The Piney Woods ecoregion of East Texas (in which The Woodlands sits) is home to towering pines, delicate dogwoods, the red-cockaded woodpecker, and miles of tea-colored, sandy creeks. Its lush flora and fauna are supported by the area’s heavy rainfall, and this also makes way for more elusive natural treasures—mushrooms.
One day there’s no trace, and then the next—there they are. Wild mushrooms may be harder to spot, but they are plentiful especially after a good rain. And fall is a great time to find them along The Woodlands’ hike and bike paths.
What is a mushroom?
A mushroom is comparable to the flower or fruit of a plant—but without much going on above ground. Most of the fungal organism lives within the soil or wood as thread-like strands known as mycelium. Below ground, a fungus can be downright humongous—like the documented Armillaria in eastern Oregon.
Scientists call the fungus in eastern Oregon the largest single living organism in the world, and it’s somewhere between 2,000 to 8,000 years old.
Some fungi are mycorrhizae that grow in association with the roots of a plant, supplying it with nutrients. These fungi play an especially important role in soil biology.
When fungi bloom, they send their tiny forest sculptures above ground and we find mushrooms. They are most often found on dead or decaying organic matter—making fall a great time to find them as they decompose the season’s fallen leaves.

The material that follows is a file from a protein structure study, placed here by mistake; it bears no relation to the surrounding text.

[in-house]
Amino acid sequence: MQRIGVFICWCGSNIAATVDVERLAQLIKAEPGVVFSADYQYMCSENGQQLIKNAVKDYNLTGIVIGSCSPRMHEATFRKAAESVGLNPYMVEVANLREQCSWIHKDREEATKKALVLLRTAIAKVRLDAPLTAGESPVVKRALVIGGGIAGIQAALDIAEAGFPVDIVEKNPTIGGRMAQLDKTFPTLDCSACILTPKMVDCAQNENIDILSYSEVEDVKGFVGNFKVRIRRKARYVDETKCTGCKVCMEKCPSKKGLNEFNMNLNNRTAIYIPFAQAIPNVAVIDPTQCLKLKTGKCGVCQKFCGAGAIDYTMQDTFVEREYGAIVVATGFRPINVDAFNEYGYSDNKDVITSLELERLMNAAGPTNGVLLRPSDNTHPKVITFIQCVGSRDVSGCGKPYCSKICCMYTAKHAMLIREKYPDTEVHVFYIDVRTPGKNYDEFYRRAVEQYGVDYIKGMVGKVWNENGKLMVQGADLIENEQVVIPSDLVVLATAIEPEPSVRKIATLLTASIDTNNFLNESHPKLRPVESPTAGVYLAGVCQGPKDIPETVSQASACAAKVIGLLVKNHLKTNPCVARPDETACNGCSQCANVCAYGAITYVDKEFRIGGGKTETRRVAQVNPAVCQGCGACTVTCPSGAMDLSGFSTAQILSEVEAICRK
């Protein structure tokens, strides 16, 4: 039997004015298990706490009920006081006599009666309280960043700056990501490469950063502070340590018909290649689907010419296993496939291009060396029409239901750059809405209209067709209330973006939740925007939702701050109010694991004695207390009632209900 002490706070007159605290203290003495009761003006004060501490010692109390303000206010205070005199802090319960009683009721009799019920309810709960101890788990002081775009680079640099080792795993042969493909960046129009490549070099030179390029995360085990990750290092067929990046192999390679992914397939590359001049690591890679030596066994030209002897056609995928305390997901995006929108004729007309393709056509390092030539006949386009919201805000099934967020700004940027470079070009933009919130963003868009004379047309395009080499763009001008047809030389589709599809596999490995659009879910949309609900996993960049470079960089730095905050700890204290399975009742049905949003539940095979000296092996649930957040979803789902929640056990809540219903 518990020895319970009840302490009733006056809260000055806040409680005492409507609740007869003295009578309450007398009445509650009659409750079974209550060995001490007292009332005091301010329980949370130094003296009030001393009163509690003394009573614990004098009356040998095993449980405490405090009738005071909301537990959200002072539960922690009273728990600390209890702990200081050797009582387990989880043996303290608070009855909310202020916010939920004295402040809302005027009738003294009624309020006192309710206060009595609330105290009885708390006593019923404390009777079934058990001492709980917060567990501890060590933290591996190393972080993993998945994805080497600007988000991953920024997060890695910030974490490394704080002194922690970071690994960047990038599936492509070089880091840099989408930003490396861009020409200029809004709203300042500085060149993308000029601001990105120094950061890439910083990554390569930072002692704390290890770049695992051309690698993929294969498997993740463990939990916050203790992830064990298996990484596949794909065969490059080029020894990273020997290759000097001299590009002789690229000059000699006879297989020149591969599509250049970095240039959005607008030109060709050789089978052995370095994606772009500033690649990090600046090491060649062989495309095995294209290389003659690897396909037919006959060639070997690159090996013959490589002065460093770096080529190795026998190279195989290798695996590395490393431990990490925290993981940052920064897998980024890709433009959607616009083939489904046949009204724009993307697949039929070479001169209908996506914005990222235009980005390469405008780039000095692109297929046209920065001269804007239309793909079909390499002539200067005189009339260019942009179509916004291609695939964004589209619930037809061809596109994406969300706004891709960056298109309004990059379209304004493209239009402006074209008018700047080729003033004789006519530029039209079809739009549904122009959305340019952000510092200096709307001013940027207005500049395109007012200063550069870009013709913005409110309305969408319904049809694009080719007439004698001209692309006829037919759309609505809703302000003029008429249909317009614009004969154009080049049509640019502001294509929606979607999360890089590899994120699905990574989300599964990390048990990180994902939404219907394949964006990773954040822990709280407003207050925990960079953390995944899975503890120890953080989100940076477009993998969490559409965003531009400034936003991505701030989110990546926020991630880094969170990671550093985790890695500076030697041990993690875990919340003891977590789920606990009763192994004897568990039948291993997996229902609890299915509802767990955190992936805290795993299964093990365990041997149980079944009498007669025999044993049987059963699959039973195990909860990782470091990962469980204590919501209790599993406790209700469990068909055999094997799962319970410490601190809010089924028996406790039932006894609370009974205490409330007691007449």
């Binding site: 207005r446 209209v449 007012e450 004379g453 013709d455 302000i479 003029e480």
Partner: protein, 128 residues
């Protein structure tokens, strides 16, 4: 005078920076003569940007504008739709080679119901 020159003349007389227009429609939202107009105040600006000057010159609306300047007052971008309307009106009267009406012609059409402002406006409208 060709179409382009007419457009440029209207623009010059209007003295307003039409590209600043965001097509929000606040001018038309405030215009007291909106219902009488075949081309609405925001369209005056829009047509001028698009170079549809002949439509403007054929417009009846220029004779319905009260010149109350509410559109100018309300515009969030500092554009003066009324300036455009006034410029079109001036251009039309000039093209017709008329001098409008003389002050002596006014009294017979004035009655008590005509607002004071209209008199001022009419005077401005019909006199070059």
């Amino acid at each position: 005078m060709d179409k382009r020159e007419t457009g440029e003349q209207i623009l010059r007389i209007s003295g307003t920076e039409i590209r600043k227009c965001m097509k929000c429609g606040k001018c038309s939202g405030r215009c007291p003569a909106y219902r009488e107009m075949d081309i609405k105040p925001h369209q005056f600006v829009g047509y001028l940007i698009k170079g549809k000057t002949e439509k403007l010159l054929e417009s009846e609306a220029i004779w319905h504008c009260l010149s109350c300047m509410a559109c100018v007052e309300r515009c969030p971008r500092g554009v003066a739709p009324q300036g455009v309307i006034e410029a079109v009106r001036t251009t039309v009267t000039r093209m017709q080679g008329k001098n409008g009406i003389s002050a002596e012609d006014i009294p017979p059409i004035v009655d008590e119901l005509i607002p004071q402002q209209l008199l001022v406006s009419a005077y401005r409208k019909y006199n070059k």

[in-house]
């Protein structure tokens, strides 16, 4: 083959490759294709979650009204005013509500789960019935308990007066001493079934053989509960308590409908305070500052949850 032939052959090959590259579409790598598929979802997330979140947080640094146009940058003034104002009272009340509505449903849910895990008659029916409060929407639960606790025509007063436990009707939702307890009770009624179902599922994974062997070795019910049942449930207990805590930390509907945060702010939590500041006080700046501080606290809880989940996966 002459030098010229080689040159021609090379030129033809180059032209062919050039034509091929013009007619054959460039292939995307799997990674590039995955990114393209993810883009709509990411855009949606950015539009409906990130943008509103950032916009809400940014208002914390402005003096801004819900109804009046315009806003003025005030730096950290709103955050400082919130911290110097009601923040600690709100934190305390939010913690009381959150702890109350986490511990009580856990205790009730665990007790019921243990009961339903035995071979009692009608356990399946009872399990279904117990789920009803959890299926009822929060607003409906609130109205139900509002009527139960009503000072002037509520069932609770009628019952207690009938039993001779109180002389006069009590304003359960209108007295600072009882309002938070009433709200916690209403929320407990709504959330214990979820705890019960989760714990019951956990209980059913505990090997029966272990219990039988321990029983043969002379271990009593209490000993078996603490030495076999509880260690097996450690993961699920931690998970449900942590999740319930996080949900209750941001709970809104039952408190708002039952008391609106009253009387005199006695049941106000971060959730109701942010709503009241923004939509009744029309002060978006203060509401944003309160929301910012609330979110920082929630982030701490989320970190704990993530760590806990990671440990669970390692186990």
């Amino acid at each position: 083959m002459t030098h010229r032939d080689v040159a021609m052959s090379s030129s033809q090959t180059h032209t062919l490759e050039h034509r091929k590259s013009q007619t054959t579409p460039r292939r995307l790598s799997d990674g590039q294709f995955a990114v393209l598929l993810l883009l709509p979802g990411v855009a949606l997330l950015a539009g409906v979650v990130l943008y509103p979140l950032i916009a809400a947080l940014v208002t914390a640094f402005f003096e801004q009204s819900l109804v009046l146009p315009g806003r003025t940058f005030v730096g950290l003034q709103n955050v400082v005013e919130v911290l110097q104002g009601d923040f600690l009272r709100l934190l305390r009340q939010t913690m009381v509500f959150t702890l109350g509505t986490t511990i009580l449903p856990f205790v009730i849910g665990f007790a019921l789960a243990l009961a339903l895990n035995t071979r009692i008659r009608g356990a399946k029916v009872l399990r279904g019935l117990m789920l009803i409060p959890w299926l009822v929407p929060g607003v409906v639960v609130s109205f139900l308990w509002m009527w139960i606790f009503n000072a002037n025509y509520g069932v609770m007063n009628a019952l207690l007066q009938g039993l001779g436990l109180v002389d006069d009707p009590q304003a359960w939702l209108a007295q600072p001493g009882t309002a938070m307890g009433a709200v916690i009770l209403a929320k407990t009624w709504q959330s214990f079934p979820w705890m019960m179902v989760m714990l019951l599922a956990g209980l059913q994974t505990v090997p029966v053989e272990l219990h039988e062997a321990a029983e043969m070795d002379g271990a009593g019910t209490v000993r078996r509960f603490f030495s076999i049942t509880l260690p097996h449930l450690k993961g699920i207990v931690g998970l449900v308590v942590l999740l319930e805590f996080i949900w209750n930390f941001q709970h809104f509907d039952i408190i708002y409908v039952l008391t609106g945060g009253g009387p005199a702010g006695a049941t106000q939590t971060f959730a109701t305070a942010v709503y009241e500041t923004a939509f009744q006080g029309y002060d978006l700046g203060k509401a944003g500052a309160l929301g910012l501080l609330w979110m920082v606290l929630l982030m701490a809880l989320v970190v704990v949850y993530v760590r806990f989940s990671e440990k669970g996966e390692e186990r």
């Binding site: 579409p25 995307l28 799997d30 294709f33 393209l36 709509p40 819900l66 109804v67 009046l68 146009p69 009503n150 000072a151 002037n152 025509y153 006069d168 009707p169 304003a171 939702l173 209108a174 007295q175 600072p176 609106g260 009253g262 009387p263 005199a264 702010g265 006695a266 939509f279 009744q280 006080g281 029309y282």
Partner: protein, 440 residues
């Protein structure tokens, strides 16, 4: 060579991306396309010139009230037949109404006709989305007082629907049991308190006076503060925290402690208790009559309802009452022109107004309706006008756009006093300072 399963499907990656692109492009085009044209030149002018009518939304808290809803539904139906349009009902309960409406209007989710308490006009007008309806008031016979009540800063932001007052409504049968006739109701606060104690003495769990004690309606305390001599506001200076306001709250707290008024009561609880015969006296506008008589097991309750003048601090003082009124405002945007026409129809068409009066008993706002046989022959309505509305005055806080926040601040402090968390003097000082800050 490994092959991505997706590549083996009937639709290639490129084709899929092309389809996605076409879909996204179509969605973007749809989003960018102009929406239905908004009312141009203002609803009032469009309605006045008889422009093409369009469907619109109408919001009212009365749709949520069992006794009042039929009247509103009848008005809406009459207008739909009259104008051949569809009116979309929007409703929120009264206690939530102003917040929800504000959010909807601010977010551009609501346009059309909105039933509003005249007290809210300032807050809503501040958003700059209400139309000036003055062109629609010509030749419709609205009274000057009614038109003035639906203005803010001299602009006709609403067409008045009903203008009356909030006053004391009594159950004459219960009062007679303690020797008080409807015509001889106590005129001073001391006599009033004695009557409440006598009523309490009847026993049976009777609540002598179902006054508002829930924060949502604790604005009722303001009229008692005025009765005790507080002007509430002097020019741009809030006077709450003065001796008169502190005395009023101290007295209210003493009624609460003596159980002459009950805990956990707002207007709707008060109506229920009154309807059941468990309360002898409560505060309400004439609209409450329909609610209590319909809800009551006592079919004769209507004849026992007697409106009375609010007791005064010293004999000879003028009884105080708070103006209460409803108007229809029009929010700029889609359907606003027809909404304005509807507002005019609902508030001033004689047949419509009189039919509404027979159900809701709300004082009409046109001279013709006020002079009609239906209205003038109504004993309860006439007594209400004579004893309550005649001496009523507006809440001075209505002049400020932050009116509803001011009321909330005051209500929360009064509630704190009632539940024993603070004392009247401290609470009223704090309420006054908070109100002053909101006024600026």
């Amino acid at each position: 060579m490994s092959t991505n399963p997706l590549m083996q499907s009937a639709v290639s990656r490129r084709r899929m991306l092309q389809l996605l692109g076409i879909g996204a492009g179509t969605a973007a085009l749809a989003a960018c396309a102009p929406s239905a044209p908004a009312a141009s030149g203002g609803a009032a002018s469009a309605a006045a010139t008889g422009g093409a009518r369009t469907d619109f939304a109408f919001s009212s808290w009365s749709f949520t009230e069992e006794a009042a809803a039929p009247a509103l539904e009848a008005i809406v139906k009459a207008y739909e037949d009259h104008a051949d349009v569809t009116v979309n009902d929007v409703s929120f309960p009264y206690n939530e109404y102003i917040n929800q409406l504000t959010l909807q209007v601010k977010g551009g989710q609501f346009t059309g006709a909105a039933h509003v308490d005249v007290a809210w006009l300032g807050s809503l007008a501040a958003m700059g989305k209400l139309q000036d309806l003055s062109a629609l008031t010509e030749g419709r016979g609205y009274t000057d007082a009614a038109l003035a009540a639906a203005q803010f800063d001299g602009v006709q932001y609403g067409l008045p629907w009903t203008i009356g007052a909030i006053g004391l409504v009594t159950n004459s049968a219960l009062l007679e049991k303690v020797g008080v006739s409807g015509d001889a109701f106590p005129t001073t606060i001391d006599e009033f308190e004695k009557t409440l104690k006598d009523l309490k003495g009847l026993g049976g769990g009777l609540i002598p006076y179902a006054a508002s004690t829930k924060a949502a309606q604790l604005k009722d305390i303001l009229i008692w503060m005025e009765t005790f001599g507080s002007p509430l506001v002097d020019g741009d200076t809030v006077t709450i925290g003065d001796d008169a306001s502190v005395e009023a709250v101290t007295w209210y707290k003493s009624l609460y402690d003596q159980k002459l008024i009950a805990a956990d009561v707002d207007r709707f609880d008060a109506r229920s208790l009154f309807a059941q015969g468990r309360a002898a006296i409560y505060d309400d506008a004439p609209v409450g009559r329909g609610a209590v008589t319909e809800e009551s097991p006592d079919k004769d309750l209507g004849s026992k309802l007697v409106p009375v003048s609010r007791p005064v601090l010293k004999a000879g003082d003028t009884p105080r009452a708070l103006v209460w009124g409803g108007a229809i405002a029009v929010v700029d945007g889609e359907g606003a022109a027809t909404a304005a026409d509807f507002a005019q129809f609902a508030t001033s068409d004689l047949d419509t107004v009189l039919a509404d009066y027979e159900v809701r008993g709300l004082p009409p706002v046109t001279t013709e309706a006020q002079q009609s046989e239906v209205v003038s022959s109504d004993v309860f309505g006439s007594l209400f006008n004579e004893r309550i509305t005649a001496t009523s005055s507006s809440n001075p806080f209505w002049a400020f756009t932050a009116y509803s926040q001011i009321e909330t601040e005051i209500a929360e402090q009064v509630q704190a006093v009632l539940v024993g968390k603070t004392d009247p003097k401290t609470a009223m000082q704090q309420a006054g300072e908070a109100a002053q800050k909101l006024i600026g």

A favorite of artists and photographers alike is Amanita muscaria, one of the most recognizable and common mushrooms. It may be a looker, but don’t be tempted to do more with it. It’s toxic. Find it among pines and other conifers.
Look for this graceful, long-stemmed mushroom, Oudemansiella radicata, often found near hardwoods. It’s one of the hardest working decomposers out there, quickly breaking down dead materials into the soil and releasing nutrients that trees can absorb.
Another interesting find is the Ganoderma species. Though it’s not an edible mushroom, they are highly prized in some cultures for medicinal properties. Specimens are dried, ground, and steeped as a tea thought to treat anything from stomach pain to some cancers. It’s another great decomposer.
Finally, when you see this messy mushroom that almost looks like broken eggs on the ground, you have found one of the Scleroderma species. It’s highly toxic if consumed, but like the other mushrooms, helps move nutrients around in mixed pine and hardwood forests.
Take a walk and see what you find. And keep in mind: many mushrooms are toxic, so take pictures rather than pick them. To learn more about mushrooms and get help identifying the hundreds of species that grow in the area, grab a field guide.
Suggested Field Guides
Texas Mushrooms: A Field Guide, Susan and Van Metzler, University of Texas Press
Mushrooms Demystified, David Arora, Ten Speed Press